Study data published in Cell describe the development of a biosensor that allows for the monitoring of serotonin dynamics in the brain in real time. Using this biosensor, researchers were able to investigate a novel psychedelic compound that appears to ameliorate depressive symptoms without inducing hallucinogenic experiences.

Although certain psychedelic compounds have displayed promise for the treatment of depression, it remains unclear whether the therapeutic properties of these compounds can be separated from the hallucinogenic effects. Psychedelic compounds most often target the 5-hydroxytryptamine 2A receptor (5-HT2AR) in neurons and exert influence by binding the receptor and changing its shape. Different conformational changes map to different psychological effects.

To better understand the conformational effects of psychedelic compounds, researchers developed psychLight, a genetically encoded biosensor that generates fluorescence in 5-HT2AR.

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The genetic code for a fluorescent protein was inserted into the genome of murine models. The ability of psychLight to detect hallucinogenic compounds was tested by comparing psychLight’s output to mouse behavior after compound administration. Rodents display a characteristic “head-twitch” motion when exposed to hallucinogenic compounds. In trials of several hallucinogenic and non-hallucinogenic drugs, psychLight’s increased fluorescence correlated strongly with the “head-twitch” response. Drugs that did not produce a twitching response also did not appear fluorescent with psychLight. This close correlation between mouse behavior and psychLight output supports the efficacy of the biosensor to identify hallucinogenic properties in myriad compounds.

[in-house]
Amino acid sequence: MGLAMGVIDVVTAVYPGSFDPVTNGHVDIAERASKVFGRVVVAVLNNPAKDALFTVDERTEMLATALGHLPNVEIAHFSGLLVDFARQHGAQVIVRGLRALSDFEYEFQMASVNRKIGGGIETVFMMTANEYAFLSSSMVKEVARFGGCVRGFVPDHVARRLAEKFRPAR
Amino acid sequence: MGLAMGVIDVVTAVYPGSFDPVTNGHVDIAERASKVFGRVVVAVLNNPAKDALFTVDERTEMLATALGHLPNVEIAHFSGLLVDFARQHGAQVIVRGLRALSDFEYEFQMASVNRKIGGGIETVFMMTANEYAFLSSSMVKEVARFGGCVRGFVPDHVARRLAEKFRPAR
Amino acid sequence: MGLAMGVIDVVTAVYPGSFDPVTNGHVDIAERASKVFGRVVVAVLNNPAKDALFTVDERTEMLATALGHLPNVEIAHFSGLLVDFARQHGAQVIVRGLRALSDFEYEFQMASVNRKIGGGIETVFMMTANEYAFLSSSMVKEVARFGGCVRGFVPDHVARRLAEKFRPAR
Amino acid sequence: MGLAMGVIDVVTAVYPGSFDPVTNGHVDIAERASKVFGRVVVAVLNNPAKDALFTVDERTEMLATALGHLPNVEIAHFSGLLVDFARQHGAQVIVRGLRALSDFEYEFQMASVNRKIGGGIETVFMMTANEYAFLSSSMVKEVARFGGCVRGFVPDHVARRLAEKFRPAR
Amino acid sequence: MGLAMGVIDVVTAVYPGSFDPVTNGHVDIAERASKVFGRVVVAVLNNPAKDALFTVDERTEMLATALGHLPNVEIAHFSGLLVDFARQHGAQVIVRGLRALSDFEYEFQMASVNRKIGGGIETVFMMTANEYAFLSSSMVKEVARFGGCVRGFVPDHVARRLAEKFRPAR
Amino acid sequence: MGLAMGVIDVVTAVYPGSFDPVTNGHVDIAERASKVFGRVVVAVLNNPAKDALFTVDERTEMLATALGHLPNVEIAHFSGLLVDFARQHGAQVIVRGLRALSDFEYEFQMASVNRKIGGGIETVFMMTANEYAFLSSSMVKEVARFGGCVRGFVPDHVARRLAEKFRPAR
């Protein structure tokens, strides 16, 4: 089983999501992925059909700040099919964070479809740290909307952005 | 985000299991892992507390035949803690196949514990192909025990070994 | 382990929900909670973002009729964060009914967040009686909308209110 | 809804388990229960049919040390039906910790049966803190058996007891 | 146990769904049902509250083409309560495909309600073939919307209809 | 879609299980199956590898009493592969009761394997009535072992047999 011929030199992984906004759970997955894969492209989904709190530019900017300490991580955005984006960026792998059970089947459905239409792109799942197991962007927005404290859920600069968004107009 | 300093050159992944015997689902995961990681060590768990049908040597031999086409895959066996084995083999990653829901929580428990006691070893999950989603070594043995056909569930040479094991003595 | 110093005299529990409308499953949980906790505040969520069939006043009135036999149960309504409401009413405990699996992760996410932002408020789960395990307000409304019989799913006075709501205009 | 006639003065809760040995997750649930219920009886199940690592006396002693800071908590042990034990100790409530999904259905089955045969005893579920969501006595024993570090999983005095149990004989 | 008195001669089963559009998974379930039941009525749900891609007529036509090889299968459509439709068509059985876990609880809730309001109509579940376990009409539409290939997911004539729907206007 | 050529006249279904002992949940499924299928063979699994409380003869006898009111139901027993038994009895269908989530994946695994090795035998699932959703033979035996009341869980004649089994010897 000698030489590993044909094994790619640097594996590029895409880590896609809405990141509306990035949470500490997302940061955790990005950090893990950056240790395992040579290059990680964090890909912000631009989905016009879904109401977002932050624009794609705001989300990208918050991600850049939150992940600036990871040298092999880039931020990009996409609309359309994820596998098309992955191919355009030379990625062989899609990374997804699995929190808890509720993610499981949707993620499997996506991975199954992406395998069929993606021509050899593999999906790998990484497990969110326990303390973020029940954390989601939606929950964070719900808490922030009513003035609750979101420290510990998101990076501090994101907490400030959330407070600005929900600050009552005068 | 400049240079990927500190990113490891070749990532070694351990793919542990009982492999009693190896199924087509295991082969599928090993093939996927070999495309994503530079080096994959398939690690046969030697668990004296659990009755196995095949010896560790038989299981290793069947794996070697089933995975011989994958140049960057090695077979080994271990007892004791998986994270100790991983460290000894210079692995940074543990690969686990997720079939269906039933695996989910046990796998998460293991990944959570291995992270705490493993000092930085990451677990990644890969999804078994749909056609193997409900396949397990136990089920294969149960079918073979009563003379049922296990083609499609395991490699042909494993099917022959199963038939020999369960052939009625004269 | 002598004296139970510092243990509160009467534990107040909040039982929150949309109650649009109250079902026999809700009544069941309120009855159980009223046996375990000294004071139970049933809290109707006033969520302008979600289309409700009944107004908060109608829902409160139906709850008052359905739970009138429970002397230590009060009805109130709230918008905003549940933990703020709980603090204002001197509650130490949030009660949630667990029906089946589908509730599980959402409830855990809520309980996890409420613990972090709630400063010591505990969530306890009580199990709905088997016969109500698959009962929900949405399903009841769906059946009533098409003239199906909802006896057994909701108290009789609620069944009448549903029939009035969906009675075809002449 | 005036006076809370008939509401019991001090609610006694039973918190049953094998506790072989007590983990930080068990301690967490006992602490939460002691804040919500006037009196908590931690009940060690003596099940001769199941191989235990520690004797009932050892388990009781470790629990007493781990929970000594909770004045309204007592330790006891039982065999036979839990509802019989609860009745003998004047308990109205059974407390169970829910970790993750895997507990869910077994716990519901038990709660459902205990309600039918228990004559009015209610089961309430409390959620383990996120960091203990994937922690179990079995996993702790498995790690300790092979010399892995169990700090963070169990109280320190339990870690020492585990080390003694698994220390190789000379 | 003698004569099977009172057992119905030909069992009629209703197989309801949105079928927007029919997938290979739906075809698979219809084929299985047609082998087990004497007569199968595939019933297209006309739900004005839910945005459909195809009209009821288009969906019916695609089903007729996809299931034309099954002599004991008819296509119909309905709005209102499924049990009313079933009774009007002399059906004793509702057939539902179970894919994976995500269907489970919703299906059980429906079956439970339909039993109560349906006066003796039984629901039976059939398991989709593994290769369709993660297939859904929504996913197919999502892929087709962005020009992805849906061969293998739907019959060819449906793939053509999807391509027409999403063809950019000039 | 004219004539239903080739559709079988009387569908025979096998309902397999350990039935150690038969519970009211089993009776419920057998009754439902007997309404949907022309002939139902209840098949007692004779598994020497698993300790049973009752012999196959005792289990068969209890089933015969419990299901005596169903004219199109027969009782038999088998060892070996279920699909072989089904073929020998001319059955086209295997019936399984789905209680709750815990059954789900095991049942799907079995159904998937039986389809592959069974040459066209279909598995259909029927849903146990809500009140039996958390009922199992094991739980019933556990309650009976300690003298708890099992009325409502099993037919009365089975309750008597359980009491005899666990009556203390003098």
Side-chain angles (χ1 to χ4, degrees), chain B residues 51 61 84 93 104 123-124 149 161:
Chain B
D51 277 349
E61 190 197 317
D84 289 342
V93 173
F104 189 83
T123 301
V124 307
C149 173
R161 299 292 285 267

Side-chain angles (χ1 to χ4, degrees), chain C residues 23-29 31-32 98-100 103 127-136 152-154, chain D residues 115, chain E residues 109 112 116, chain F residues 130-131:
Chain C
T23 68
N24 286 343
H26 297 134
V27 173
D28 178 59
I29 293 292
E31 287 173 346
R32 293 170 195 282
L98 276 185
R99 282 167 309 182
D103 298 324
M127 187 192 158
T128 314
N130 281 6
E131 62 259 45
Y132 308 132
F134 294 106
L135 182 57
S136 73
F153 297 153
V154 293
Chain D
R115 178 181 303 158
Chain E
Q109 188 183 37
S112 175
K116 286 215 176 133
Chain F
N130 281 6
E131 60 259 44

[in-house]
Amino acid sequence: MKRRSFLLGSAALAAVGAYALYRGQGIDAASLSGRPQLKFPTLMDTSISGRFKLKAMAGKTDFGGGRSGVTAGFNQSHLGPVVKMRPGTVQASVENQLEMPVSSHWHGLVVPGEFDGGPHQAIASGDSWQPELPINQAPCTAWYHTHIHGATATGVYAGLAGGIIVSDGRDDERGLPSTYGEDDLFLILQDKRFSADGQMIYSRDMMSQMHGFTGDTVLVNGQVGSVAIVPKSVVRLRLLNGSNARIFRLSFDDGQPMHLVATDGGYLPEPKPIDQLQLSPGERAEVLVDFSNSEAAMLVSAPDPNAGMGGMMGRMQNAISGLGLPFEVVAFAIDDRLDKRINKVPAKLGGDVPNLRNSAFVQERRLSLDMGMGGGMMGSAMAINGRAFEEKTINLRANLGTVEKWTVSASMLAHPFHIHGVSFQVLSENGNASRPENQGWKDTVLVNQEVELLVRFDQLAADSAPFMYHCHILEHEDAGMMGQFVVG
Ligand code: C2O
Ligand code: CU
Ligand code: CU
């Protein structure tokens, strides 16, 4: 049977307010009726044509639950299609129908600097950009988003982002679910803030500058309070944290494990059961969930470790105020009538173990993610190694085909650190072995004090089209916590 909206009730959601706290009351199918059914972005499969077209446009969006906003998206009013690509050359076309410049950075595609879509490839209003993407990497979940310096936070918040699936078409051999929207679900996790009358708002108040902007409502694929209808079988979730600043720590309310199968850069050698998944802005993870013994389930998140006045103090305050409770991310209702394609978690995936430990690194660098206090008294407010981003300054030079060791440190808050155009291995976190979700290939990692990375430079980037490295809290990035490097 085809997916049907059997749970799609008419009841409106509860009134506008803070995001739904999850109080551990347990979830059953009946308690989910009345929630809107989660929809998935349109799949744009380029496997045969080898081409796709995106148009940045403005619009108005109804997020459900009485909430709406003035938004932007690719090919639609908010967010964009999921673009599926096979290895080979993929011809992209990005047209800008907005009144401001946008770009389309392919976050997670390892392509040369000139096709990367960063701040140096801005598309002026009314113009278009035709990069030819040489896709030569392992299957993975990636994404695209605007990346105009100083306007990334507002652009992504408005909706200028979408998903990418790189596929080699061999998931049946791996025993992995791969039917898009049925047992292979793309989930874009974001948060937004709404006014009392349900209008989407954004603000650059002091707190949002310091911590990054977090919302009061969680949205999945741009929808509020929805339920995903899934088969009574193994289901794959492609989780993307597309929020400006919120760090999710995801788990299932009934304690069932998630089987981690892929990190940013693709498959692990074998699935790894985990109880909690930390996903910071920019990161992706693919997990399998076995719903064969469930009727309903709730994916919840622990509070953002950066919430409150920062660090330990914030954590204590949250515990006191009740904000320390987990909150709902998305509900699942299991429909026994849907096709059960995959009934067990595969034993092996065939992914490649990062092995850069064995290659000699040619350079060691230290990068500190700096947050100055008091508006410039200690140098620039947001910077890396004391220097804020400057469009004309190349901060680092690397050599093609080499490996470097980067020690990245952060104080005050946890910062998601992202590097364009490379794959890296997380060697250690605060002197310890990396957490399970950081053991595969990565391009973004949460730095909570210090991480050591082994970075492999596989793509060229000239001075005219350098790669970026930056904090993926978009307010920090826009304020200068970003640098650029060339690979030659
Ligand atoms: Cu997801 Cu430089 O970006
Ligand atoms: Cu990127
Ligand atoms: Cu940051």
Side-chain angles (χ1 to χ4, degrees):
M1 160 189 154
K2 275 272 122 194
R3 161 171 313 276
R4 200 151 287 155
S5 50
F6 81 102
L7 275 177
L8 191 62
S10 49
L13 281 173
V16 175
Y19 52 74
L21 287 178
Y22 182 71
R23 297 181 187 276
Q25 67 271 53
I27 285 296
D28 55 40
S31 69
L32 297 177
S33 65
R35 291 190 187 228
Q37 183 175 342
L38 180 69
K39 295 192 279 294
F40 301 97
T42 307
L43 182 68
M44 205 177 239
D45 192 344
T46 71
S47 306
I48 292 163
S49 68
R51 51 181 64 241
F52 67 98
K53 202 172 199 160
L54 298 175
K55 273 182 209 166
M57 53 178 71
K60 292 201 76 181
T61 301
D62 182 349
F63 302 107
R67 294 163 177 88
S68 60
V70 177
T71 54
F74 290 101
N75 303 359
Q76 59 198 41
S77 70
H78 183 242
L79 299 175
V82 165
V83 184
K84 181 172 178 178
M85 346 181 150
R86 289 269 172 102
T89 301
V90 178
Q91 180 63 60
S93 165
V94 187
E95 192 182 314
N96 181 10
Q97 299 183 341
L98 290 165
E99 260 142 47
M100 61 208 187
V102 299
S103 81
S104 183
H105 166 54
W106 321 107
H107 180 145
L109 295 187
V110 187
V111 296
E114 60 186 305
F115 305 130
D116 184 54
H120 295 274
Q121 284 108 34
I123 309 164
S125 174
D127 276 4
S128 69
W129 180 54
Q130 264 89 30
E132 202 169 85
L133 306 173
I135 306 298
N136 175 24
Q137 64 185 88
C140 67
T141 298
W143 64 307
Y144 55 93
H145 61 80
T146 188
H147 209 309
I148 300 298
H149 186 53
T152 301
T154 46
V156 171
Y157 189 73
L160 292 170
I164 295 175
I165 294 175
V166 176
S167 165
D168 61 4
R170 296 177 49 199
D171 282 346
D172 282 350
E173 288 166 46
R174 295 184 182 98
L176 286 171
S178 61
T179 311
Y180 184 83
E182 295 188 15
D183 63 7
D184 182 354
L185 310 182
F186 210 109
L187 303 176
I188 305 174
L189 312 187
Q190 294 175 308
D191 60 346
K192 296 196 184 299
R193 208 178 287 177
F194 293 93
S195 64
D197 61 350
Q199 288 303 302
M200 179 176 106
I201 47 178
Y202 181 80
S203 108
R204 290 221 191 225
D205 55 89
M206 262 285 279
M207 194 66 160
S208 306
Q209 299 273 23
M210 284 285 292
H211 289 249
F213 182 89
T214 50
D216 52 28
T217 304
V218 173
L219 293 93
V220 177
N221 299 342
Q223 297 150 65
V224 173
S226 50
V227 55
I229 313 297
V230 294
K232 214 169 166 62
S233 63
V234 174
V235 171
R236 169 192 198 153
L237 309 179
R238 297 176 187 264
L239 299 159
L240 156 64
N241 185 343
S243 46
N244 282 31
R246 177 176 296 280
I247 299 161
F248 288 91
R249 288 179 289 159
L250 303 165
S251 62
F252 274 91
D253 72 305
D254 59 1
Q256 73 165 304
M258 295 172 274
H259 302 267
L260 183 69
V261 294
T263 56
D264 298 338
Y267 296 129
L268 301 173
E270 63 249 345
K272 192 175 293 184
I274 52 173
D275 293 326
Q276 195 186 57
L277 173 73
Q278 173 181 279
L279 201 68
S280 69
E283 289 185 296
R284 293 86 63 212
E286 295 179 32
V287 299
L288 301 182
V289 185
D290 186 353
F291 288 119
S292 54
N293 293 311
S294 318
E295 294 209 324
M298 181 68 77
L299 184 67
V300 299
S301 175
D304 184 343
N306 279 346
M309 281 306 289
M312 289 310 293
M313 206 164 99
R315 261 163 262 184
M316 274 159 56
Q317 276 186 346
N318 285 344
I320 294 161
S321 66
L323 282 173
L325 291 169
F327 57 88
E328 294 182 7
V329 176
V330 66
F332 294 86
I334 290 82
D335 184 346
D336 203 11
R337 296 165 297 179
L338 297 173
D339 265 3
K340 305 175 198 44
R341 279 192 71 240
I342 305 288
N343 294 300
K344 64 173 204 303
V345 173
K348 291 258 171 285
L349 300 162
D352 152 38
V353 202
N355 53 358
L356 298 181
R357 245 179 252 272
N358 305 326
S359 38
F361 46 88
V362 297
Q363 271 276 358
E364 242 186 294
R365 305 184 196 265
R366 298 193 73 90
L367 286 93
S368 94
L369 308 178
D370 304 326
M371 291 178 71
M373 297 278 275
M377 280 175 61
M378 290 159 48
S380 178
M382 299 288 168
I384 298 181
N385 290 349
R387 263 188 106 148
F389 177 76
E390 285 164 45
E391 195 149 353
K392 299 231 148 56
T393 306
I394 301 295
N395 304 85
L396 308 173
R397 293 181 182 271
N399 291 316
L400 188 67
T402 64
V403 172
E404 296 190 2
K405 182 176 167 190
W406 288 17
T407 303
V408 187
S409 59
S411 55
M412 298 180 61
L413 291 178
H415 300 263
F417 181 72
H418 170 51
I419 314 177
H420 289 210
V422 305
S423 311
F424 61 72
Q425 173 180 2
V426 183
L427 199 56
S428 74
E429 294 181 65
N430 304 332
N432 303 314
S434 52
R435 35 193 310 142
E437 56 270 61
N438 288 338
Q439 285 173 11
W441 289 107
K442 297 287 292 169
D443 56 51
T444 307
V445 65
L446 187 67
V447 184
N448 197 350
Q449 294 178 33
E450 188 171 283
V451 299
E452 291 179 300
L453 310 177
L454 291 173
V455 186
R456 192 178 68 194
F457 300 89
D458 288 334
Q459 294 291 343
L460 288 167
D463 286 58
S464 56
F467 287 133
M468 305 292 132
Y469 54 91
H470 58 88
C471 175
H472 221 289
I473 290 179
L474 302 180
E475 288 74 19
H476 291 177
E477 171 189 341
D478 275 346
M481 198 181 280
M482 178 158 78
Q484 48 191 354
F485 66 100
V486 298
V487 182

One compound studied during psychLight trials, AAZ-A-154, appeared to reduce depression symptoms without producing hallucinogenic effects. Mice treated with AAZ-A-154 did not display either any head twitches or any fluorescence with psychLight. During in vitrostudies of cultured rat embryonic cortical neurons, AAZ-A-154 appeared to “promote dendritic outgrowth” and increase “dendritic…complexity” in a manner similar to the antidepressant ketamine. AAZ-A-154 also appeared to decrease anhedonic behavior in mice as demonstrated by their decreased immobility during forced swim tests and increased interest in a sweetened water solution.

The development of psychLight may enable future researchers to test the potential hallucinogenic properties of novel therapeutic compounds. PsychLight also displays potential for the monitoring of serotonin dynamics in real time, which could better inform the nature of depression and its response to psychedelic drugs. Further study of the compound AAZ-A-154 is also warranted.

Disclosure: Some study authors declared affiliations with biotech, pharmaceutical, and/or device companies. Please see the original reference for a full list of authors’ disclosures. 


Dong C, Ly C, Dunlap LE, et al. Psychedelic-inspired drug discovery using an engineered biosensor. Cell. Published online May 13, 2021. doi:10.1016/j.cell.2021.03.043

This article originally appeared on Psychiatry Advisor